IoT Up to 64 Billion Internet-of-Things devices could be connected by 2026  - smart phones, connected appliances, medical wearables, smart cars, home assistants, smart watches, internet connected home security systems and locks are examples we already see around us [2]. 

Ecommerce Ecommerce providers rely heavily on the efficiencies, scalability and automation that cloudbased computing can bring. Websites, mobile apps, payment systems, order systems, logistics, fulfilments and many other critical services need cloud to function. It’s perhaps no surprise that two of the largest ecommerce providers, Amazon and Alibaba are also leaders in cloud infrastructure. (See below)

Growth Businesses As cloud offers scalability, reduced costs and flexible access, it has seen rapid adoption among small and medium sized businesses, as well as by entrepreneurs in emerging markets. Businesses can now access a tremendous variety of online services at a low-cost such as mobile banking, payment systems, email, social media, HR systems, finance systems and website hosting. This is enabling them to ‘leapfrog’ traditional models and grow using secure, low-cost, modern, cloud-based solutions – often with ecommerce models.

This change is highlighted in the Flexera Cloud Market Report 2020  which polled 750 organisations between 100-10,000 employees. The report found that by 2021, an estimated 70% of small and medium sized businesses data and workloads will be in the cloud – far higher than the overall average of 58% [3]. 

Remote Working

The response to COVID-19 saw a huge rise demand from companies using cloud-based solutions to help their employees effectively transition to remote working. From remote system or database access to email, videoconferencing and workflow tools, cloud has enabled many businesses (including HANetf) to continue to operate continuously and effectively throughout the crisis. 

With remote working seemingly set to be a more normalised feature of tomorrow’s world, the need for cloud-based solutions is set to grow with 59% of respondents in the Frontera report saying that COVID-19 will directly increase their cloud usage.   

Key Players in the Cloud Market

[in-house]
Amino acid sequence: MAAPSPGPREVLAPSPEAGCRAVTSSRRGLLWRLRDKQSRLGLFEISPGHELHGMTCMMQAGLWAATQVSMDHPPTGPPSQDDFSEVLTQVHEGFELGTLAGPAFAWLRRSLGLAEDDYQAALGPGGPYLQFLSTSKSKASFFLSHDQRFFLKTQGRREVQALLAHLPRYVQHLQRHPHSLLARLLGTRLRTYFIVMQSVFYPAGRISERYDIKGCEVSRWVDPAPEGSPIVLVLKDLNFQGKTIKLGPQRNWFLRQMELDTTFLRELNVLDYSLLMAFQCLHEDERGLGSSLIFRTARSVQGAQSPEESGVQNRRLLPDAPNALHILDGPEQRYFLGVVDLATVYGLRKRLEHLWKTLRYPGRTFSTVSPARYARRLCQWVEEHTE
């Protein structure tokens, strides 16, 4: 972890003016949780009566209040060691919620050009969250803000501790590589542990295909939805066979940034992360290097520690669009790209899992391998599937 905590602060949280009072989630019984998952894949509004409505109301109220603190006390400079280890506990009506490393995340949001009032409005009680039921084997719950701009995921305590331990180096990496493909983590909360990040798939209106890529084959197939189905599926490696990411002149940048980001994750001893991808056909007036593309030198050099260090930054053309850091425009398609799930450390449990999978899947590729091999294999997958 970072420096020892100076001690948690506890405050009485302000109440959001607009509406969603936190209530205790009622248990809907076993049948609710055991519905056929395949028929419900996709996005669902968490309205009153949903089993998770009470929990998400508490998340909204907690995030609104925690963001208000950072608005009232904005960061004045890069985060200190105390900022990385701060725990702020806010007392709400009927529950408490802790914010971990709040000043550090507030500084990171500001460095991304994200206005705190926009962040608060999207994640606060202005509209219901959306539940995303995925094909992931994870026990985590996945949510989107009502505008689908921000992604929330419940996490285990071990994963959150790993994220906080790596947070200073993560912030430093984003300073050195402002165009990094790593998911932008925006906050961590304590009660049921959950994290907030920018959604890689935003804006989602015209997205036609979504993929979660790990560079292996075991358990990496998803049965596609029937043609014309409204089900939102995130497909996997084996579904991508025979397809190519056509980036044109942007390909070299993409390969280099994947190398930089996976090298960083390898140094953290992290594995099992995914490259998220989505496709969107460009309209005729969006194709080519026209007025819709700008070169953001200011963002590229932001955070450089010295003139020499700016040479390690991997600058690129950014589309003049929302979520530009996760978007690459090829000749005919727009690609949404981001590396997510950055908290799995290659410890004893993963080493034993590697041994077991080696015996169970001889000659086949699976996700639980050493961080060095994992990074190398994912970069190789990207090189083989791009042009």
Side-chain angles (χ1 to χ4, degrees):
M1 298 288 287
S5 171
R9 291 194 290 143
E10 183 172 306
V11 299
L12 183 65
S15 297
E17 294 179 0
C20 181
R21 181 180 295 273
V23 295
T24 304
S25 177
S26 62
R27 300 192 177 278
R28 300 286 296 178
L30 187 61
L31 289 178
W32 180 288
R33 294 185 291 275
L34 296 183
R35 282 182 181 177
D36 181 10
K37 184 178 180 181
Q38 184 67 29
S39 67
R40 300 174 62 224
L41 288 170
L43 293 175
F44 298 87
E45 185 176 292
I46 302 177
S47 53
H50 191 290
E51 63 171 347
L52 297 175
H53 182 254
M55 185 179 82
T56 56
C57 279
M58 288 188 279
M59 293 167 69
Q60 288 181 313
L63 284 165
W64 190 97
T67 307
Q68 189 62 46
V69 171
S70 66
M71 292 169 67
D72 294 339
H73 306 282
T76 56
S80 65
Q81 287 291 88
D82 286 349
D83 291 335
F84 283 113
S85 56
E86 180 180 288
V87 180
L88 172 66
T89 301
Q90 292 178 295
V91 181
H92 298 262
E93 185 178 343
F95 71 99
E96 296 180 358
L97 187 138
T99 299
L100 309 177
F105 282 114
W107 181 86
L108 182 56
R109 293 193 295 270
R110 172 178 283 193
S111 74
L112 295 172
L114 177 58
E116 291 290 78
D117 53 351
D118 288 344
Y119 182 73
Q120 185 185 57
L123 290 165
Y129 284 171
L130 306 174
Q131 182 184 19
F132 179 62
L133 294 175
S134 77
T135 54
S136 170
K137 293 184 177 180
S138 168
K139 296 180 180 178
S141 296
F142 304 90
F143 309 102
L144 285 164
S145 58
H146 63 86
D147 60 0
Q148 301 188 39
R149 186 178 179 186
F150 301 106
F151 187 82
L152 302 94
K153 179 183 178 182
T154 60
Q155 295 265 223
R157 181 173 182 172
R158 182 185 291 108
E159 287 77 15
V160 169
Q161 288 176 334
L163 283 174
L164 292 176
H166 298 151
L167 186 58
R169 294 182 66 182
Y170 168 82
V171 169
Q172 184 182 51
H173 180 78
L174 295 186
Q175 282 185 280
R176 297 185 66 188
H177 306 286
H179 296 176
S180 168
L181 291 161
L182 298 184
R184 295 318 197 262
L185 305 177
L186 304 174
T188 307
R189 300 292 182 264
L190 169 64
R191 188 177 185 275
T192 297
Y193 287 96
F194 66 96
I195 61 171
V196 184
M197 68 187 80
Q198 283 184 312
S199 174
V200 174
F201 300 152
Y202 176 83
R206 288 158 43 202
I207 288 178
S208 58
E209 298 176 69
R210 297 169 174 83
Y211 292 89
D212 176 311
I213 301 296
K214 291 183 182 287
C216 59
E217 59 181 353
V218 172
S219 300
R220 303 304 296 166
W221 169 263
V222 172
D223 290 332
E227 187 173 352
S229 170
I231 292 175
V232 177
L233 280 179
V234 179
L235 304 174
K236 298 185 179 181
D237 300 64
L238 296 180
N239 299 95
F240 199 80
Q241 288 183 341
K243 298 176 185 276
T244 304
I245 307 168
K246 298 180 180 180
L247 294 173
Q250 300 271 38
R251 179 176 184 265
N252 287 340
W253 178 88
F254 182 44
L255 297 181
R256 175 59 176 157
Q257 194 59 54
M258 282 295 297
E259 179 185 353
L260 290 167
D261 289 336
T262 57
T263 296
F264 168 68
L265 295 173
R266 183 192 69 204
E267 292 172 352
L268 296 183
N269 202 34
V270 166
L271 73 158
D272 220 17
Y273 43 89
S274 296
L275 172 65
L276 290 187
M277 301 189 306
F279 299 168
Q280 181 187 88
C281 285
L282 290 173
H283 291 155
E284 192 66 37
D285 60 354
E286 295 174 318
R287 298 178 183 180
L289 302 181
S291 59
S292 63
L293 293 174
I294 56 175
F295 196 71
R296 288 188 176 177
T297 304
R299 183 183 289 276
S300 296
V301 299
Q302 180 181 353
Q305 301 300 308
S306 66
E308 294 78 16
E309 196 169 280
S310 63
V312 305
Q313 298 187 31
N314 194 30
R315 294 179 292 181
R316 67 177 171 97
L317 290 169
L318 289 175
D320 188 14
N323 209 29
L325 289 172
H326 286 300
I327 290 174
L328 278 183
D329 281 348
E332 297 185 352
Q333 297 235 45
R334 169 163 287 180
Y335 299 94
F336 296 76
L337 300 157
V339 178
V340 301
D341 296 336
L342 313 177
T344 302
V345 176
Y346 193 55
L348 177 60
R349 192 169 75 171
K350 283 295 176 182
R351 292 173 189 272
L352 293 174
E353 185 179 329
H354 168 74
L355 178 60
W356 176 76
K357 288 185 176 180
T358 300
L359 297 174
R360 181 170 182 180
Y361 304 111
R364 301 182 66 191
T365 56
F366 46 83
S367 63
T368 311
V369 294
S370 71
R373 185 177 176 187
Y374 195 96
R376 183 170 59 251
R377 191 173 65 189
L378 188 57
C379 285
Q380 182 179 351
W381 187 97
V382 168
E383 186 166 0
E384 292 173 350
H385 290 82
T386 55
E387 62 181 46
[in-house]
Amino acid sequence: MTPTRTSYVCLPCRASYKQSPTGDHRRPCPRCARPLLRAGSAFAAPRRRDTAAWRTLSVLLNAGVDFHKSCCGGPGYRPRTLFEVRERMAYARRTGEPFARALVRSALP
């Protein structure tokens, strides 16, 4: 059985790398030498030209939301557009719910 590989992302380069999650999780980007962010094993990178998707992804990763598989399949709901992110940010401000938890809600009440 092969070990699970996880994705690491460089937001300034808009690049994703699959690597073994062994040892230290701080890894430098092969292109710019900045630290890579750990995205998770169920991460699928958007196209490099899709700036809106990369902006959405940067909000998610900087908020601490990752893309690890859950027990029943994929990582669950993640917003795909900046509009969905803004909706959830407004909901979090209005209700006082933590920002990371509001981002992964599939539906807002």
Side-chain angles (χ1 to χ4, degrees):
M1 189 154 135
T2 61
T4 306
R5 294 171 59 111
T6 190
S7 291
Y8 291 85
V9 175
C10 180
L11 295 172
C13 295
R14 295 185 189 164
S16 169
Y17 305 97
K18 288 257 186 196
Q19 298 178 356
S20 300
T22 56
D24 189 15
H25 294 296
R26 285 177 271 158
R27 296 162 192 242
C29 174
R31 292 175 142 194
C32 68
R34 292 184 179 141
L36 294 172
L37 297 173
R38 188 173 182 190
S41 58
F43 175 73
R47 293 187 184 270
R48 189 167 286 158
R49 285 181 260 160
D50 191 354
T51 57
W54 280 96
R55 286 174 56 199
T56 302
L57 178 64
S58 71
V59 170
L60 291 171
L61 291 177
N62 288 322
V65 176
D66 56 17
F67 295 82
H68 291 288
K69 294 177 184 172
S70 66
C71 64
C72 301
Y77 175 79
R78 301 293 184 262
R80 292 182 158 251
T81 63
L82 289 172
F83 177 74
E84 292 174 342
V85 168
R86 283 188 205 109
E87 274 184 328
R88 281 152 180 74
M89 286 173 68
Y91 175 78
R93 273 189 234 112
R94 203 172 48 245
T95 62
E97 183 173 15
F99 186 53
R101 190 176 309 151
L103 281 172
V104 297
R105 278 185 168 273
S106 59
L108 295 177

The main players in the provision of public cloud infrastructure are large technology and ecommerce providers; with Amazon clearly leading the way with 33% of the market share. 

For illustrative purposes only. Source: Synergy Research Group. Data as of Q4 2019. Data includes PaaS infrastructure as a service as well as hosted private cloud services.

 

Growth of the Cloud Market

The strong tailwinds propelling the cloud market alongside its critical infrastructure-like role in the modern digital economy has created a great deal of investor interest in the sector. Spending on cloud already accounts for a large proportion of corporate IT budgets and this is expected to continue to increase - respondents to the Flexera survey [4] expected an average 47% rise in cloud spending this year. 

 

Annual Cloud Spend $ 

% Respondents  

More than $12 Million

20%

$2.4m - $12 Million

36%

$1.2 - $2.4 Million

18%

$600k - $1.2 Million

13%

 

Predictions for the growth of the global cloud industry show a similar trajectory with Gartner suggesting 17% revenue growth for cloud companies in 2020-2021 period [5]  Other analysts  suggest that by 2027, the cloud market could be worth as much as $927 Billion – nearly four times its current size. 

For illustrative purposes only. Source: Gartner 2019.

Investing in Cloud Technology

The high growth potential and widespread industrial, corporate and consumer adoption of cloud technologies has pushed this theme to the forefront of many investors’ minds.  

Investors who see long-term opportunity in this theme can consider an allocation to The HAN-GINS Tech Megatrend Equal Weight UCITS ETF (ITEK). ITEK includes Cloud Computing as part of 8 transformational technology trends that are reshaping the world alongside Robotics & Big Data, Cyber Security, Future Cars, Genomics, Social Media, Blockchain, Augmented & Virtual Reality. 

HANetf also provides a highly targeted cloud computing thematic ETF – The HAN-GINS Cloud Technology UCITS ETF (SKYY). SKYY includes the 50 largest cloud technology companies from developed and emerging markets.

Article Date; 7th July 2020.